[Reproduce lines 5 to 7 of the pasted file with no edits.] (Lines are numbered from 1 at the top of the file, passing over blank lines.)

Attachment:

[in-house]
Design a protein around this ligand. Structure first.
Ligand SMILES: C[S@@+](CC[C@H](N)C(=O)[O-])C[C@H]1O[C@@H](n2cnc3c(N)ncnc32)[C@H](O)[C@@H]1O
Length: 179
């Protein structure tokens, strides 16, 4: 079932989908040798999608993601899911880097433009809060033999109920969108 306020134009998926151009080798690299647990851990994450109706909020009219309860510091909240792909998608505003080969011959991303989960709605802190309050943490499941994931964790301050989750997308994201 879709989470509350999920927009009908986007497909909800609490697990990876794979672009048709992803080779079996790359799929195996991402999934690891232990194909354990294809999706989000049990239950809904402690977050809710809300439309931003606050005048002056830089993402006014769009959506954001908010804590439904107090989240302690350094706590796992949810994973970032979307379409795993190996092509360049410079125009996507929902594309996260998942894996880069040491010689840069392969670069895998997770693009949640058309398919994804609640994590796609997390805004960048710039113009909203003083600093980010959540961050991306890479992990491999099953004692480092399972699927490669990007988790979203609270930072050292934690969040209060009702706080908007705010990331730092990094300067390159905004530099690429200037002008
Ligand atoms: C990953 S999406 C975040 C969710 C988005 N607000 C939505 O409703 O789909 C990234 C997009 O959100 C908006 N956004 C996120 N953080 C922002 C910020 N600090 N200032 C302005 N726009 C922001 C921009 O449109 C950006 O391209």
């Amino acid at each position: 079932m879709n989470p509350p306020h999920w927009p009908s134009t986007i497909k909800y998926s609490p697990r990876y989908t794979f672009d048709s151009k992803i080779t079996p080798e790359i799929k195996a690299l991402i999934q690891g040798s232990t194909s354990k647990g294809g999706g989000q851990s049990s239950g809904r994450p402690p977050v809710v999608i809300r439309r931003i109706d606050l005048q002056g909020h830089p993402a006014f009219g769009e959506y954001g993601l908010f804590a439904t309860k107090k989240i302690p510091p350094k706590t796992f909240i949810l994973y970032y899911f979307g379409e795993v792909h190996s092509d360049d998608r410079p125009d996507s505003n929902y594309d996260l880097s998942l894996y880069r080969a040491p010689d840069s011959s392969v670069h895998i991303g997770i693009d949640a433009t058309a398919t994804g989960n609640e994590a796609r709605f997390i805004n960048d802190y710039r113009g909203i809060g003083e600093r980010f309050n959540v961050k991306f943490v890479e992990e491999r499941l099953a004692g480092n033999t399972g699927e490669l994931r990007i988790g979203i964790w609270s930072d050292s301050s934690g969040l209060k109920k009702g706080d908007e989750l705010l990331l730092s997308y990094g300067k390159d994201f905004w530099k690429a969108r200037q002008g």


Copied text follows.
């Protein structure tokens, strides 16, 4: 079932989908040798999608993601899911880097433009809060033999109920969108 306020134009998926151009080798690299647990851990994450109706909020009219309860510091909240792909998608505003080969011959991303989960709605802190309050943490499941994931964790301050989750997308994201 879709989470509350999920927009009908986007497909909800609490697990990876794979672009048709992803080779079996790359799929195996991402999934690891232990194909354990294809999706989000049990239950809904402690977050809710809300439309931003606050005048002056830089993402006014769009959506954001908010804590439904107090989240302690350094706590796992949810994973970032979307379409795993190996092509360049410079125009996507929902594309996260998942894996880069040491010689840069392969670069895998997770693009949640058309398919994804609640994590796609997390805004960048710039113009909203003083600093980010959540961050991306890479992990491999099953004692480092399972699927490669990007988790979203609270930072050292934690969040209060009702706080908007705010990331730092990094300067390159905004530099690429200037002008
Ligand atoms: C990953 S999406 C975040 C969710 C988005 N607000 C939505 O409703 O789909 C990234 C997009 O959100 C908006 N956004 C996120 N953080 C922002 C910020 N600090 N200032 C302005 N726009 C922001 C921009 O449109 C950006 O391209």
């Amino acid at each position: 079932m879709n989470p509350p306020h999920w927009p009908s134009t986007i497909k909800y998926s609490p697990r990876y989908t794979f672009d048709s151009k992803i080779t079996p080798e790359i799929k195996a690299l991402i999934q690891g040798s232990t194909s354990k647990g294809g999706g989000q851990s049990s239950g809904r994450p402690p977050v809710v999608i809300r439309r931003i109706d606050l005048q002056g909020h830089p993402a006014f009219g769009e959506y954001g993601l908010f804590a439904t309860k107090k989240i302690p510091p350094k706590t796992f909240i949810l994973y970032y899911f979307g379409e795993v792909h190996s092509d360049d998608r410079p125009d996507s505003n929902y594309d996260l880097s998942l894996y880069r080969a040491p010689d840069s011959s392969v670069h895998i991303g997770i693009d949640a433009t058309a398919t994804g989960n609640e994590a796609r709605f997390i805004n960048d802190y710039r113009g909203i809060g003083e600093r980010f309050n959540v961050k991306f943490v890479e992990e491999r499941l099953a004692g480092n033999t399972g699927e490669l994931r990007i988790g979203i964790w609270s930072d050292s301050s934690g969040l209060k109920k009702g706080d908007e989750l705010l990331l730092s997308y990094g300067k390159d994201f905004w530099k690429a969108r200037q002008g």